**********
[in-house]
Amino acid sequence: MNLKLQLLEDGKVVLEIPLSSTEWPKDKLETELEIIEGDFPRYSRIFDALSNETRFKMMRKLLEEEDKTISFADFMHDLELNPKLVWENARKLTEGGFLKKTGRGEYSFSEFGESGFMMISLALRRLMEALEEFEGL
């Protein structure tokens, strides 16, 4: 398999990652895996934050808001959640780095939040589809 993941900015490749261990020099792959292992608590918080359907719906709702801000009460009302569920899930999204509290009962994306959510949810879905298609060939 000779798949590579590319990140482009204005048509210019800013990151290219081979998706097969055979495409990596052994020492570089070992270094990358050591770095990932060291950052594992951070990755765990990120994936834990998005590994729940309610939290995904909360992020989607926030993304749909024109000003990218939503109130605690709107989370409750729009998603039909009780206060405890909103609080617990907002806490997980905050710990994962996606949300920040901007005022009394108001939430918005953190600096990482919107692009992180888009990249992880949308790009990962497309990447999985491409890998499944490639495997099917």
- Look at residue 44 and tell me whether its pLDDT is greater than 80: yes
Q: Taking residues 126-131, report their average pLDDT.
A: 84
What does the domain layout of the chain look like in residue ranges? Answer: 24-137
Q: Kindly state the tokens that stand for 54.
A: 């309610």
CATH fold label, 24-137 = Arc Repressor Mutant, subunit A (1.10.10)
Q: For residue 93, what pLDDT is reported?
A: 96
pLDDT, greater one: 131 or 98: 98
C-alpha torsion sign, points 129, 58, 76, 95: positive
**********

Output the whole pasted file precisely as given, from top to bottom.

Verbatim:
[in-house]
Amino acid sequence: MNLKLQLLEDGKVVLEIPLSSTEWPKDKLETELEIIEGDFPRYSRIFDALSNETRFKMMRKLLEEEDKTISFADFMHDLELNPKLVWENARKLTEGGFLKKTGRGEYSFSEFGESGFMMISLALRRLMEALEEFEGL
């Protein structure tokens, strides 16, 4: 398999990652895996934050808001959640780095939040589809 993941900015490749261990020099792959292992608590918080359907719906709702801000009460009302569920899930999204509290009962994306959510949810879905298609060939 000779798949590579590319990140482009204005048509210019800013990151290219081979998706097969055979495409990596052994020492570089070992270094990358050591770095990932060291950052594992951070990755765990990120994936834990998005590994729940309610939290995904909360992020989607926030993304749909024109000003990218939503109130605690709107989370409750729009998603039909009780206060405890909103609080617990907002806490997980905050710990994962996606949300920040901007005022009394108001939430918005953190600096990482919107692009992180888009990249992880949308790009990962497309990447999985491409890998499944490639495997099917």
- Look at residue 44 and tell me whether its pLDDT is greater than 80: yes
Q: Taking residues 126-131, report their average pLDDT.
A: 84
What does the domain layout of the chain look like in residue ranges? Answer: 24-137
Q: Kindly state the tokens that stand for 54.
A: 């309610």
CATH fold label, 24-137 = Arc Repressor Mutant, subunit A (1.10.10)
Q: For residue 93, what pLDDT is reported?
A: 96
pLDDT, greater one: 131 or 98: 98
C-alpha torsion sign, points 129, 58, 76, 95: positive